The average improvement among the 82 repeat players at the Travelers was nearly a full stroke, from 69.29 to 68.46. That’s a 1 percent improvement across the board.

For the three post-return events, the average season-to-season improvement in scoring average among players who competed both years was 1.28 strokes, or 1.7 percent. Any decent Tour player would kill for half that level of season-to-season improvement

Perhaps Tour players are simply better this year. That can’t be ruled out; they had a lot of extra time this spring to practice. But in that context it’s worth nothing that through the 2020 Arnold Palmer Invitational – the last pre-COVID tournament conducted to completion – the seasonal Tour scoring average was 71.16. That was effectively indistinguishable from the 71.25 scoring average through the same calendar point one season earlier.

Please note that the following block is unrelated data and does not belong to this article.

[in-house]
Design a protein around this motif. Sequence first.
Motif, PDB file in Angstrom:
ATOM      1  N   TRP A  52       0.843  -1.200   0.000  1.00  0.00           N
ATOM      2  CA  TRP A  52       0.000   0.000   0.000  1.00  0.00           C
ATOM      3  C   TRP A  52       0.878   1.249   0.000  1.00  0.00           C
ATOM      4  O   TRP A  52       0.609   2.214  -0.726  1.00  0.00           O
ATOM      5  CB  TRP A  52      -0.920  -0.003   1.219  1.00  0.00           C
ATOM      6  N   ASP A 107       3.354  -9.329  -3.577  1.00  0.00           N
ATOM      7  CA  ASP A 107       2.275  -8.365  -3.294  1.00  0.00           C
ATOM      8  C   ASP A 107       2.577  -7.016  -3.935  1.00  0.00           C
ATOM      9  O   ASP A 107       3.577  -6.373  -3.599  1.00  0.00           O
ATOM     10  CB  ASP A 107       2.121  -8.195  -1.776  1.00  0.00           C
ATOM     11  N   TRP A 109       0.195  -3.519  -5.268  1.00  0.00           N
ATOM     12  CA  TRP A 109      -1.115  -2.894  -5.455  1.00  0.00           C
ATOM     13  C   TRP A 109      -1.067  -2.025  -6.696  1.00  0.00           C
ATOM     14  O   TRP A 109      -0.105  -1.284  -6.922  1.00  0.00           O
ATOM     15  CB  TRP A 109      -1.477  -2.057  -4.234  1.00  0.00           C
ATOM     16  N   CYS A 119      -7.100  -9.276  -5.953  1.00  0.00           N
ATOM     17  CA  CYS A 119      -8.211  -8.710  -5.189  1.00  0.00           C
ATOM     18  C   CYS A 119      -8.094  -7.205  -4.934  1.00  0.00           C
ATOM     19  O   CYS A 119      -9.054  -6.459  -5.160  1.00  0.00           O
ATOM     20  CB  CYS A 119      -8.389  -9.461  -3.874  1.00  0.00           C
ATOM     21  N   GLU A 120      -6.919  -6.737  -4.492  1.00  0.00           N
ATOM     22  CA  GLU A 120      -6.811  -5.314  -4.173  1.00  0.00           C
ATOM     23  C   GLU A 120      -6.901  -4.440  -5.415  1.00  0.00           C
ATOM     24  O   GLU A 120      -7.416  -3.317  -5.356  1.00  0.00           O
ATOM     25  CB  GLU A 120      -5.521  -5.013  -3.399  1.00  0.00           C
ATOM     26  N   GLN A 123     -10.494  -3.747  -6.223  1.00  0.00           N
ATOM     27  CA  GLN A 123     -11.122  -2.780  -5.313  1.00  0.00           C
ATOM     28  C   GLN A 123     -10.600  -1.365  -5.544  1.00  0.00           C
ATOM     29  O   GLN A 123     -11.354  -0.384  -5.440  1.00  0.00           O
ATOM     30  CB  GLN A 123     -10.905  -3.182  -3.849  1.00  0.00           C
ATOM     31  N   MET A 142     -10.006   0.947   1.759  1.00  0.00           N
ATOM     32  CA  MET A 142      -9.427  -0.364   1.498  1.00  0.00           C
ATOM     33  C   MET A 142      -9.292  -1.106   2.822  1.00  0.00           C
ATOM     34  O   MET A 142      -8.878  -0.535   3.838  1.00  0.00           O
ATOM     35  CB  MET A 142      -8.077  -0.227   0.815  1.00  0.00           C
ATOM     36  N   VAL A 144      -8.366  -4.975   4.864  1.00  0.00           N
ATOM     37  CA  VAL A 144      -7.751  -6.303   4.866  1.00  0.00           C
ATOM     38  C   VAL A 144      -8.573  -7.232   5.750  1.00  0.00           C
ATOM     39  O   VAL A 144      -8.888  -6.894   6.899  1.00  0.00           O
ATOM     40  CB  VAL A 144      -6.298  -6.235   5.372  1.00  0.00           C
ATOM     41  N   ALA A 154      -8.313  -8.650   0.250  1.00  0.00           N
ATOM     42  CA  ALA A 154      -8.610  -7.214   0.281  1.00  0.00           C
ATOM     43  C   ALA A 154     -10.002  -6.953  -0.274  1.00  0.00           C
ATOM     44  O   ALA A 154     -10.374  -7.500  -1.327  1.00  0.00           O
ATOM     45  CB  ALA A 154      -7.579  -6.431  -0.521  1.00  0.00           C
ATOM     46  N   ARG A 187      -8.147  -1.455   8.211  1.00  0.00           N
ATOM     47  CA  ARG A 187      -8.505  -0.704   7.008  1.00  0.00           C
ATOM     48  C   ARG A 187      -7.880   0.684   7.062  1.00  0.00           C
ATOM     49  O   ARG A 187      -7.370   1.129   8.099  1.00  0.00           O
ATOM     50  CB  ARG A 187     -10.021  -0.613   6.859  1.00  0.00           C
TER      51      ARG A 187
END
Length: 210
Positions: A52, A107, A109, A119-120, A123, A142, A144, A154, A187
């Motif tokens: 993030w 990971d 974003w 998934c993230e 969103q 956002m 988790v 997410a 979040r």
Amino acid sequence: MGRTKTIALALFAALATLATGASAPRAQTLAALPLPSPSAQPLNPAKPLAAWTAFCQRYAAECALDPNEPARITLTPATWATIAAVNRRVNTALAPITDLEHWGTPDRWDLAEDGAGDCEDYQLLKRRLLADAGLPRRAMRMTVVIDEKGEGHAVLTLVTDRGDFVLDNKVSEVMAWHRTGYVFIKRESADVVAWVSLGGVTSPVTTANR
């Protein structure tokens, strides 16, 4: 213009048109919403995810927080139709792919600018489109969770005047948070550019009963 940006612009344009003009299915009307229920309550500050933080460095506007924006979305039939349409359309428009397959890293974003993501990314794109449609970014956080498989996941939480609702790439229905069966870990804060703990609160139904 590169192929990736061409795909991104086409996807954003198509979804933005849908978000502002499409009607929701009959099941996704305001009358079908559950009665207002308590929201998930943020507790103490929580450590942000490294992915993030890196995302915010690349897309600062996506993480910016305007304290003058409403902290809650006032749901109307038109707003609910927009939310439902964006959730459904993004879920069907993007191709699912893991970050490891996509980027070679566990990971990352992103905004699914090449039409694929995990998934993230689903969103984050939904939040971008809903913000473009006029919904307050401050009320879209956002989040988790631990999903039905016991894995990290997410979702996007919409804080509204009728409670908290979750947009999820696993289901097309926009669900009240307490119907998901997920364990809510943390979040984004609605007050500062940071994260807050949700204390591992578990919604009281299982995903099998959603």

In March, then, the Tour field was doing pretty much what it usually did. Something has changed in a big way this month

The figures don’t establish anything, but they do suggest that a change is afoot on tour. That change is reflected in a correlation between the absence of fans and player performance.

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A hard fast rule in statistics is that correlation does not necessarily establish causation. Other factors certainly could be in play. One strong argument against the “fans hurt scoring” argument is as follows: If fans are a detriment, how? Do they impair focus? Are they in some way intimidating (that seems unlikely). In fact I can’t think of a good reason why the presence of fans would hamper performance, which is why skepticism about this idea remains valid.

But the data is, if nothing else, intriguing. If we see an upward spike in scores when fans do return, even that wouldn’t be proof of concept…but it would be a fascinating trend.